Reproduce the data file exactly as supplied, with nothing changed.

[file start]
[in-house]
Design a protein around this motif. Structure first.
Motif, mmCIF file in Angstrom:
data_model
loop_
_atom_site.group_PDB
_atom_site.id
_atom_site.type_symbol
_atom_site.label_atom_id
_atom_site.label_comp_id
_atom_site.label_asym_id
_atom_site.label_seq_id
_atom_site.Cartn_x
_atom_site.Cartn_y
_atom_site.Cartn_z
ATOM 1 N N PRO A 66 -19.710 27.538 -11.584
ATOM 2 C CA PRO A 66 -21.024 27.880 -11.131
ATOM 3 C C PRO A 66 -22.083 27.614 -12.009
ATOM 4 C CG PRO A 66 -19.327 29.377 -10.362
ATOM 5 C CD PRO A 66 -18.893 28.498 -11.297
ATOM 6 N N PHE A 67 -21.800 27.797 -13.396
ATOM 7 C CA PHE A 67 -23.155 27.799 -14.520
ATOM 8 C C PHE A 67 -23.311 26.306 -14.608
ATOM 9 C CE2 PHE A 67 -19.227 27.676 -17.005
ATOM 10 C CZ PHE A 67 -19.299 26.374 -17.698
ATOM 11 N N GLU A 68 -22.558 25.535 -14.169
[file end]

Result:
[in-house]
Design a protein around this motif. Structure first.
Motif, mmCIF file in Angstrom:
data_model
loop_
_atom_site.group_PDB
_atom_site.id
_atom_site.type_symbol
_atom_site.label_atom_id
_atom_site.label_comp_id
_atom_site.label_asym_id
_atom_site.label_seq_id
_atom_site.Cartn_x
_atom_site.Cartn_y
_atom_site.Cartn_z
ATOM 1 N N PRO A 66 -19.710 27.538 -11.584
ATOM 2 C CA PRO A 66 -21.024 27.880 -11.131
ATOM 3 C C PRO A 66 -22.083 27.614 -12.009
ATOM 4 C CG PRO A 66 -19.327 29.377 -10.362
ATOM 5 C CD PRO A 66 -18.893 28.498 -11.297
ATOM 6 N N PHE A 67 -21.800 27.797 -13.396
ATOM 7 C CA PHE A 67 -23.155 27.799 -14.520
ATOM 8 C C PHE A 67 -23.311 26.306 -14.608
ATOM 9 C CE2 PHE A 67 -19.227 27.676 -17.005
ATOM 10 C CZ PHE A 67 -19.299 26.374 -17.698
ATOM 11 N N GLU A 68 -22.558 25.535 -14.169